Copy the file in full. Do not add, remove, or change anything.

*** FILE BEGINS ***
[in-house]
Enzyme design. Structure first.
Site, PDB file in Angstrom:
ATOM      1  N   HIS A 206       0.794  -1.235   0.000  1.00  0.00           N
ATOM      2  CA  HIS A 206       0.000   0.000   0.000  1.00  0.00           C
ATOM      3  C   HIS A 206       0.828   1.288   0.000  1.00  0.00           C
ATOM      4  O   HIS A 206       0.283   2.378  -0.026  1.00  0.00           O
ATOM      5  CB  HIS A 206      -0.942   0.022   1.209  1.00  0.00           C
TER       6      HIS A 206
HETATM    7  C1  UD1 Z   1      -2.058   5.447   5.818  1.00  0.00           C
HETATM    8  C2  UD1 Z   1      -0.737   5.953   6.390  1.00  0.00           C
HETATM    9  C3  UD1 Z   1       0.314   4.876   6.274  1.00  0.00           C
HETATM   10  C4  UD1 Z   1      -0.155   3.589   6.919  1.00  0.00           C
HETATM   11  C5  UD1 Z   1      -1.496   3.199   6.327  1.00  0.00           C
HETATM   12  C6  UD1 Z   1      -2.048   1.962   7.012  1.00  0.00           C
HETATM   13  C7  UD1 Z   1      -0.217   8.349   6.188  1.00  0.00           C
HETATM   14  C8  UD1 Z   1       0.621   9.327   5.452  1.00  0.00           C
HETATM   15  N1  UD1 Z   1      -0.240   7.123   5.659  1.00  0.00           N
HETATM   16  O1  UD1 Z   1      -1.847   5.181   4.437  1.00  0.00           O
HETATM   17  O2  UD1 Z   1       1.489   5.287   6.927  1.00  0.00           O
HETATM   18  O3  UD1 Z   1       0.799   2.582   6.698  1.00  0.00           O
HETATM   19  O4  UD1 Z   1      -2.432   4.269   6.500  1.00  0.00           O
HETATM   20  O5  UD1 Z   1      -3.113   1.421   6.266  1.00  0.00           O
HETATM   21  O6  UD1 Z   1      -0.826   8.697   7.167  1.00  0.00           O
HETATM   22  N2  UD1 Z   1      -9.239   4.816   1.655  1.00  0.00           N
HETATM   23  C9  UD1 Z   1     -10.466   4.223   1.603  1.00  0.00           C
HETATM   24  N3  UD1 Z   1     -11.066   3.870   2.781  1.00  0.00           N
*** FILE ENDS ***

[in-house]
Enzyme design. Structure first.
Site, PDB file in Angstrom:
ATOM      1  N   HIS A 206       0.794  -1.235   0.000  1.00  0.00           N
ATOM      2  CA  HIS A 206       0.000   0.000   0.000  1.00  0.00           C
ATOM      3  C   HIS A 206       0.828   1.288   0.000  1.00  0.00           C
ATOM      4  O   HIS A 206       0.283   2.378  -0.026  1.00  0.00           O
ATOM      5  CB  HIS A 206      -0.942   0.022   1.209  1.00  0.00           C
TER       6      HIS A 206
HETATM    7  C1  UD1 Z   1      -2.058   5.447   5.818  1.00  0.00           C
HETATM    8  C2  UD1 Z   1      -0.737   5.953   6.390  1.00  0.00           C
HETATM    9  C3  UD1 Z   1       0.314   4.876   6.274  1.00  0.00           C
HETATM   10  C4  UD1 Z   1      -0.155   3.589   6.919  1.00  0.00           C
HETATM   11  C5  UD1 Z   1      -1.496   3.199   6.327  1.00  0.00           C
HETATM   12  C6  UD1 Z   1      -2.048   1.962   7.012  1.00  0.00           C
HETATM   13  C7  UD1 Z   1      -0.217   8.349   6.188  1.00  0.00           C
HETATM   14  C8  UD1 Z   1       0.621   9.327   5.452  1.00  0.00           C
HETATM   15  N1  UD1 Z   1      -0.240   7.123   5.659  1.00  0.00           N
HETATM   16  O1  UD1 Z   1      -1.847   5.181   4.437  1.00  0.00           O
HETATM   17  O2  UD1 Z   1       1.489   5.287   6.927  1.00  0.00           O
HETATM   18  O3  UD1 Z   1       0.799   2.582   6.698  1.00  0.00           O
HETATM   19  O4  UD1 Z   1      -2.432   4.269   6.500  1.00  0.00           O
HETATM   20  O5  UD1 Z   1      -3.113   1.421   6.266  1.00  0.00           O
HETATM   21  O6  UD1 Z   1      -0.826   8.697   7.167  1.00  0.00           O
HETATM   22  N2  UD1 Z   1      -9.239   4.816   1.655  1.00  0.00           N
HETATM   23  C9  UD1 Z   1     -10.466   4.223   1.603  1.00  0.00           C
HETATM   24  N3  UD1 Z   1     -11.066   3.870   2.781  1.00  0.00           N